As a result of pruning, this tree has a very unusual branching structure. Standing below the tree, look for limbs pointing straight up. Atlas Cedars limbs taper only slightly as they grow. The extra weight at the branch tips can cause branches to break at the trunk. This may have been the motivation for this particular pruning. Compare the blue-green color of this tree to the silvery-blue color of the Blue Atlas Cedar, the first tree on this walk.
~ 400 Miramonte Avenue, in the front yard near the street corner
Blooming on bare wood in late winter, Saucer Magnolias tell us spring is near. The large tulip-shaped flowers vary in color from pale pink to purplish-red, usually with white inner petals. Often used as a lawn-tolerant tree, this specimen has been effectively used here as an anchor tree at the corner of the house.
~ 400 Miramonte Avenue, street tree on Escobita Avenue
The glossy leaves and smooth bark distinguish it from its corky-barked cousin, the Western Hackberry (Celtis occidentalis). Inconspicuous flowers are followed by orange, quarter-inch, berrylike edible and sweet fruit. Leaves turn yellow in the fall. Palo Alto has stopped planting this tree because it is prone to infestation with aphids that produce large amounts of honeydew.
~ 1619 Escobita Avenue, 2 trees at the left and right front corners
Native to China, Crape Myrtles are strikingly beautiful small specimen trees that grow 14–25’ high and 8–15’ wide. Deciduous trees, they have profuse and showy summer bloom, bold fall color, and extremely attractive winter bark. Naturally multi-trunked, they can also be trained into single trunks like these. This yard has two different cultivars; look for others on this street.
~ 1623 Escobita Avenue, center of the front yard
In the spring, Idaho Locusts are covered with pendant clusters of lavender flowers. It is a deciduous tree, but its delicate foliage leaves very little litter. Compare the smooth, vertically striated bark to the rough-barked Black Locust earlier in this walk.
~ 420 Sequoia Avenue, street tree
This Southern Magnolia has very unusual bark on its trunk and limbs, resembling the cracked mud of a dry lake bed. Compare the bark on this tree to the Southern Magnolia next door at 430 Sequoia Avenue. What could be the cause of this unusual bark?
~ 450 Sequoia Avenue, front yard near the street corner
This Valley Oak is a fantastic specimen of a locally native deciduous oak. It is well over 200 years old. The house was rebuilt in the 1990s and designed to accommodate the canopy of this magnificent tree. Notice the cables and pole that support this giant.
~ 1652 Castilleja Avenue, street tree
Box Elders are native to most parts of the U.S. This tree is a locally native subspecies with fuzzy leaves rather than the more common glossy leaves. Box Elders have yellow fall color and interesting winged samara seeds in spring. Elsewhere in the U.S., damage caused by Box Elder Bugs is quite a problem, but locally it is only an occasional nuisance.
~ 1621 Castilleja Avenue, front yard
Native oaks are superbly adapted to our long summers and dry Mediterranean climate. Ideally, landscapes with native oaks should receive little to no summer irrigation, thus insuring the long-term health of these magnificent trees. Acorns or one-gallon seedlings can grow to 25’ in 10 years and to 50’ in 25 years.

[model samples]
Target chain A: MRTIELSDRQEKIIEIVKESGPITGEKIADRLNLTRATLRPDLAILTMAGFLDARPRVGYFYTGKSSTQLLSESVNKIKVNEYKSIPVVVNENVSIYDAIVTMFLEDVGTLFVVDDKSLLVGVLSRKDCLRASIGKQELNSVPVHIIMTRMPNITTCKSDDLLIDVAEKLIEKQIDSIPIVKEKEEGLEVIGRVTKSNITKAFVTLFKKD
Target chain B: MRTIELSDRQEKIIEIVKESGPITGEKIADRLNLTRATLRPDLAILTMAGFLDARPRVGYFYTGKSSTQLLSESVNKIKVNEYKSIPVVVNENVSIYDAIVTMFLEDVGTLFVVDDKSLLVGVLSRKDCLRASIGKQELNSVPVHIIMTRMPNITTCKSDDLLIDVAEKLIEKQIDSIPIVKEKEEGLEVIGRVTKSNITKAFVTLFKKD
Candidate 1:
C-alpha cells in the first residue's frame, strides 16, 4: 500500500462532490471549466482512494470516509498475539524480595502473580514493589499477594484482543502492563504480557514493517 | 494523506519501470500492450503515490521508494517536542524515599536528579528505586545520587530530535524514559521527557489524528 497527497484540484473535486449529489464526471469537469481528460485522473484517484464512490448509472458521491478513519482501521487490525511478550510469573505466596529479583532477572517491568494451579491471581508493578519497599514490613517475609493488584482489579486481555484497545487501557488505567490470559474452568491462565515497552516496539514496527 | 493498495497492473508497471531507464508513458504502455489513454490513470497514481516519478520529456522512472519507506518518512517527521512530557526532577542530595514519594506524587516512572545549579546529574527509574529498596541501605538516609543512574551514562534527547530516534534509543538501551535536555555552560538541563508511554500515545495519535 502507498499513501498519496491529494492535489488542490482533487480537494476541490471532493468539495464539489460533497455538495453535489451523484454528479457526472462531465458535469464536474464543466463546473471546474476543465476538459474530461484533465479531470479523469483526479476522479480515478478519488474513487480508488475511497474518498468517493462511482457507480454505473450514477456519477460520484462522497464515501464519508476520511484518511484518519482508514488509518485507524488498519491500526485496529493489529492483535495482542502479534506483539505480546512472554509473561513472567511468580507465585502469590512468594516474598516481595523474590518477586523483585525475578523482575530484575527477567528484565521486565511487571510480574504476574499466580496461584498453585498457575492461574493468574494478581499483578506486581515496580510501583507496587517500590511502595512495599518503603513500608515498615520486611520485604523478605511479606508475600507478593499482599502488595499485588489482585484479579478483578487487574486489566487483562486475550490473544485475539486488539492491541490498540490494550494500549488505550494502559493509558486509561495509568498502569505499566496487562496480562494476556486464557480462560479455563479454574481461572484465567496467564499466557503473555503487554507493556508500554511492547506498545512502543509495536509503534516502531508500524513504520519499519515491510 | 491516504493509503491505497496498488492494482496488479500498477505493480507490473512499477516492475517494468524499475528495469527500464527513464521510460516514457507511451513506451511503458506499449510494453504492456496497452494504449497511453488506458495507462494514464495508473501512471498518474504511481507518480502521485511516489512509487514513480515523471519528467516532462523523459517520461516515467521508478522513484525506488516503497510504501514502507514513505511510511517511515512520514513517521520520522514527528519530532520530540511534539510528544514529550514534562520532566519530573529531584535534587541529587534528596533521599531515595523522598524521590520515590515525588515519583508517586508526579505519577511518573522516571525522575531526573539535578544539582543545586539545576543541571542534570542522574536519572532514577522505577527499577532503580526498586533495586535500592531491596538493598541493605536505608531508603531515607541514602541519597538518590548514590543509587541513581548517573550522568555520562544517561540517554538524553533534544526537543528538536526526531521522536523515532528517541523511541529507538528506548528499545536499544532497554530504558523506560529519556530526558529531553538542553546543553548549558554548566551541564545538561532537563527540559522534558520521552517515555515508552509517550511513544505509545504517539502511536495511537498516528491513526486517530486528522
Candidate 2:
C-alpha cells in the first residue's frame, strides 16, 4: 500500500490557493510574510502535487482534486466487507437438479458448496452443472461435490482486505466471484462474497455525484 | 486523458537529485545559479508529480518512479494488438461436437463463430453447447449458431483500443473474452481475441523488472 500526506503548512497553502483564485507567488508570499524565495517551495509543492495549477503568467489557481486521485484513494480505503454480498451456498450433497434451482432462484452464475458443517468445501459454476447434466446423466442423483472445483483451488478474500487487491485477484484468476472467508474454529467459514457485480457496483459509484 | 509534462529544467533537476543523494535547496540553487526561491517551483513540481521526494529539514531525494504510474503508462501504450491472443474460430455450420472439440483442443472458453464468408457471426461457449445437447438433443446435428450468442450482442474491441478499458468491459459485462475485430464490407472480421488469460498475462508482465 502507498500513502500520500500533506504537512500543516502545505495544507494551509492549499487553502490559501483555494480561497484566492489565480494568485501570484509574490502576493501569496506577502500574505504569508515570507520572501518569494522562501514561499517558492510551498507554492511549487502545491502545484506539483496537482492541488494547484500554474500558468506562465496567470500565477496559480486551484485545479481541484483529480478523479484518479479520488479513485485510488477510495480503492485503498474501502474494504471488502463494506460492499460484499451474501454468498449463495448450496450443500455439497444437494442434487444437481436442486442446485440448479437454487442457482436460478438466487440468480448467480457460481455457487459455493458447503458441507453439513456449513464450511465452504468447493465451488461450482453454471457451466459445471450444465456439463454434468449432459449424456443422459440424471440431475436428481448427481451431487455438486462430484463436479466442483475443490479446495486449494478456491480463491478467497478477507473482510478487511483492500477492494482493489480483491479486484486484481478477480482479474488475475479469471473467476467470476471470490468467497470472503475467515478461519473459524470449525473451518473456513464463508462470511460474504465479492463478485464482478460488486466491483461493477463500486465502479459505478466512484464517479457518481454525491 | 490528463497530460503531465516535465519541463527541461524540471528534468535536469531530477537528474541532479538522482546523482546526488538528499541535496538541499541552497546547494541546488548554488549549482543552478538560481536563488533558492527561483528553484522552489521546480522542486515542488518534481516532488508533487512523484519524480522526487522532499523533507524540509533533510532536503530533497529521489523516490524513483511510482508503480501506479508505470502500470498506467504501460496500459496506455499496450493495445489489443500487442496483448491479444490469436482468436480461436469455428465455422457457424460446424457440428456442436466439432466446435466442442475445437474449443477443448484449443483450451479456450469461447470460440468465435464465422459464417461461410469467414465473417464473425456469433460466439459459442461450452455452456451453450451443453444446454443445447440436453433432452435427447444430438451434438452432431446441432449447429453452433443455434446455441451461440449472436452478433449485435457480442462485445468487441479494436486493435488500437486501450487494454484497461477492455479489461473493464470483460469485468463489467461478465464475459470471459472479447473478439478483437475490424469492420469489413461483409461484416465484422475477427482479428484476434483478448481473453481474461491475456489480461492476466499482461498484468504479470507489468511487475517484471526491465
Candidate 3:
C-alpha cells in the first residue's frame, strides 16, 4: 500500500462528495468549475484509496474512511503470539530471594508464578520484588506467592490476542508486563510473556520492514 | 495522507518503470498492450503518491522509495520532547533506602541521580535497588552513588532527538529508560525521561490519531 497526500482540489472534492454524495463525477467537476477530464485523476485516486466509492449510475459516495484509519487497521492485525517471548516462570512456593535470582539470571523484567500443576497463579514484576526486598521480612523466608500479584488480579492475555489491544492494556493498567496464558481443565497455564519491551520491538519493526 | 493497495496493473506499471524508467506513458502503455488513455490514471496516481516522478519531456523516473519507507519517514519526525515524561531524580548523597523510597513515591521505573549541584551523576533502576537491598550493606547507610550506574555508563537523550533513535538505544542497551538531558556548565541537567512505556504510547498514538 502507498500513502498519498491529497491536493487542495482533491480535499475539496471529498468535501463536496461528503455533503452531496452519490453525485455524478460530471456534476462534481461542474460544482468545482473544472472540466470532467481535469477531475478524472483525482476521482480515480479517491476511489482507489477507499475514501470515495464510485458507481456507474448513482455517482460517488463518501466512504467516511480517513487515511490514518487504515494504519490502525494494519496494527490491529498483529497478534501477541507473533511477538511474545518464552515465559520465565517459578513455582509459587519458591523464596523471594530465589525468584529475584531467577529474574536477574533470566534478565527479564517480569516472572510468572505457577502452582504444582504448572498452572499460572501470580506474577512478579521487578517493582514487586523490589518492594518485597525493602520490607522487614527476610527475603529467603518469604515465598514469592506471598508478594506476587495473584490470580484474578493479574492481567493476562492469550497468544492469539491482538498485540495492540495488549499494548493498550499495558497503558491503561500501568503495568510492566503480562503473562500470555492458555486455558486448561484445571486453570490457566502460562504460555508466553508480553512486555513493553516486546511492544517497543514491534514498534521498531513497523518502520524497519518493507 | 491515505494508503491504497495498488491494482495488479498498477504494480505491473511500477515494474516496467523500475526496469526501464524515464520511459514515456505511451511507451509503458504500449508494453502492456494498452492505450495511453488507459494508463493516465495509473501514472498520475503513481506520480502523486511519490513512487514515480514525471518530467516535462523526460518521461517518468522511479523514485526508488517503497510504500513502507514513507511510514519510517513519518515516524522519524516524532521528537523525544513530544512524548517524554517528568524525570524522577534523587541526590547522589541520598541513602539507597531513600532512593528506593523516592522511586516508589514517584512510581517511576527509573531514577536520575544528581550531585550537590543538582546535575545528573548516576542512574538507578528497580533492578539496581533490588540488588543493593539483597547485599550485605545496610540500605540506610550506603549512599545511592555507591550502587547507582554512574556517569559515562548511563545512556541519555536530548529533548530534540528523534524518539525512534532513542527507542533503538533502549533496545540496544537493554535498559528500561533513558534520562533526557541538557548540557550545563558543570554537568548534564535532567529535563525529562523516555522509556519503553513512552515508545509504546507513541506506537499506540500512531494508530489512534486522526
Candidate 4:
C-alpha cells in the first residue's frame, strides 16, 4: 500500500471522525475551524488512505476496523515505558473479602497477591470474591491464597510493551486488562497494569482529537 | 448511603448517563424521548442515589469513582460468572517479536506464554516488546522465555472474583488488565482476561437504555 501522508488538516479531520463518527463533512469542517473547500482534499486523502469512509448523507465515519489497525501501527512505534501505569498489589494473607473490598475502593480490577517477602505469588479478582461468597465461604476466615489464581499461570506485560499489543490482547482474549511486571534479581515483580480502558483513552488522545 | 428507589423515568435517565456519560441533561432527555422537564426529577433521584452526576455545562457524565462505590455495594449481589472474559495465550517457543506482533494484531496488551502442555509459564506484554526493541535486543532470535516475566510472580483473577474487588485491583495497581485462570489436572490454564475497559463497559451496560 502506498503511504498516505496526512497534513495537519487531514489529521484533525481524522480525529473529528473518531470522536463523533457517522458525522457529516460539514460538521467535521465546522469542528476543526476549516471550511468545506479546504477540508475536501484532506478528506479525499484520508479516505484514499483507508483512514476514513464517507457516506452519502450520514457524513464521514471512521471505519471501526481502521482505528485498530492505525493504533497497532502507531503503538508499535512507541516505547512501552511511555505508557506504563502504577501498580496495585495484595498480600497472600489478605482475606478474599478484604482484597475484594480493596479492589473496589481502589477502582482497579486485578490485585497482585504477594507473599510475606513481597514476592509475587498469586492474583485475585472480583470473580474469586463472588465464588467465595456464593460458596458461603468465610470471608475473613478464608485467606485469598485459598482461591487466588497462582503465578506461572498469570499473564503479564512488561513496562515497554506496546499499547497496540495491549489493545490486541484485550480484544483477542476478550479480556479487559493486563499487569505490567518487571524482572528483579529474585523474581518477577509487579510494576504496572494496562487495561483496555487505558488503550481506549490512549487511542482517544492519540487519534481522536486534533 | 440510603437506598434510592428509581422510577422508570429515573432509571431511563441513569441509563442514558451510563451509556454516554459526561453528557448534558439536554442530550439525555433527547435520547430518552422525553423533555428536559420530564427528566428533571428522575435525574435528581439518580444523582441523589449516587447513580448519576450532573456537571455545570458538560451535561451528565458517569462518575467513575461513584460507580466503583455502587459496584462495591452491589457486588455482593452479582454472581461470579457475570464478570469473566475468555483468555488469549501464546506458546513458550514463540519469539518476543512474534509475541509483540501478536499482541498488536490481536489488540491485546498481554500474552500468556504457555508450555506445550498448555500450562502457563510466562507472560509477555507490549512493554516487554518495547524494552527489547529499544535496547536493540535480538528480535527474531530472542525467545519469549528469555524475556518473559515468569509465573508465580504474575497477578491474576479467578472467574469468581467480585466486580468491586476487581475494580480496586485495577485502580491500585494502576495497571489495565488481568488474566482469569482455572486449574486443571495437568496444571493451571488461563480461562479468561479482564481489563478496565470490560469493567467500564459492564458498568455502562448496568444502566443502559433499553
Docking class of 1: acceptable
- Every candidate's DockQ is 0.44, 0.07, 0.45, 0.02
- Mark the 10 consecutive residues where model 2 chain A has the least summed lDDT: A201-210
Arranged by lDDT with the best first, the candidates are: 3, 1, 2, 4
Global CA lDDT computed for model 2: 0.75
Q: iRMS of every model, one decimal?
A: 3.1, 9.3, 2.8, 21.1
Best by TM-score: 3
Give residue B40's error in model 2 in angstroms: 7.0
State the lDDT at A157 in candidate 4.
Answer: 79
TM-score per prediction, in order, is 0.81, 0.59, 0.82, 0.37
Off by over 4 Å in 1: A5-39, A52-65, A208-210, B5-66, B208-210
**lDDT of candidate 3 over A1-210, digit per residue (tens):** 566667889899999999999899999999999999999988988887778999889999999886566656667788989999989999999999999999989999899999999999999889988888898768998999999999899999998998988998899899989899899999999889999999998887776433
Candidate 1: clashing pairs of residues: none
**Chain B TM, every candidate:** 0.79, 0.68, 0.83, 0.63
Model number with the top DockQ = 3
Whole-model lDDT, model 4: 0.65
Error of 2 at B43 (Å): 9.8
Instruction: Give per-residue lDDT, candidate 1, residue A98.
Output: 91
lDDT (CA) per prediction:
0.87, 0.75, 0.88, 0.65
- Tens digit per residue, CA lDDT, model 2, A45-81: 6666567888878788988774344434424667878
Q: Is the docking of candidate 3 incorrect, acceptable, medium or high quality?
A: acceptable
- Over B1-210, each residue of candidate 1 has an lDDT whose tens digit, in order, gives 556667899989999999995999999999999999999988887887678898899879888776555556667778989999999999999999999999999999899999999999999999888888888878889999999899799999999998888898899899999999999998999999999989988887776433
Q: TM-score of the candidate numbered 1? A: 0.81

~ 1601 Castilleja Avenue, right front corner and numerous other examples, especially on the Miramonte Avenue side
Jaquemont Birch is renowned for its brilliantly white bark. They have strongly vertical main branches and diagonally upright side branches. Their deep green, teardrop-shaped leaves are coarser textured than European White Birch (Betula pendula). They need deep, regular watering during the hot summer months.
~ 1595 Castilleja Avenue, street tree to the left of the front walkway
While they look like pine trees, the dark green “needles” of this Australian native are actually jointed stems. Using modified stems for photosynthesis helps this tree retain moisture in hot climates. It is also able to grow in nutrient-poor sand and is tolerant of wind and alkalinity.
~ 1591 Castilleja Avenue, 2 trees inside the corners of the green fence
The evergreen Majestic Beauty Indian Hawthorn is larger than its more shrubby Rhaphiolepis cousins. It grows to 20–25’ high and 8–10’ wide and has glossy, dark green leaves and large clusters of light pink flowers from winter to spring.
~ 1565 Castilleja Avenue, left side of the house behind the fence
Naturally a large shrub, this Willow Pittosporum has been trained into a lovely small tree. Weeping branches and narrow leaves create the illusion of a small Weeping Willow. Tiny yellow, very fragrant flowers from late winter to early spring are followed by deep yellow fruit. Pittosporum is drought-tolerant so summer watering should be deep and infrequent.
A permit is needed to remove or prune these trees.
Check the City of Palo Alto Tree Regulations.
These trees are best adapted to our climate and water availability.
These trees require frequent summer irrigation and will suffer from the drought cycle in our area.
Do not plant unless you are aware of a water source such as high water table or creek proximity.
These trees are either invasive, do not perform well or create infrastructure or other problems.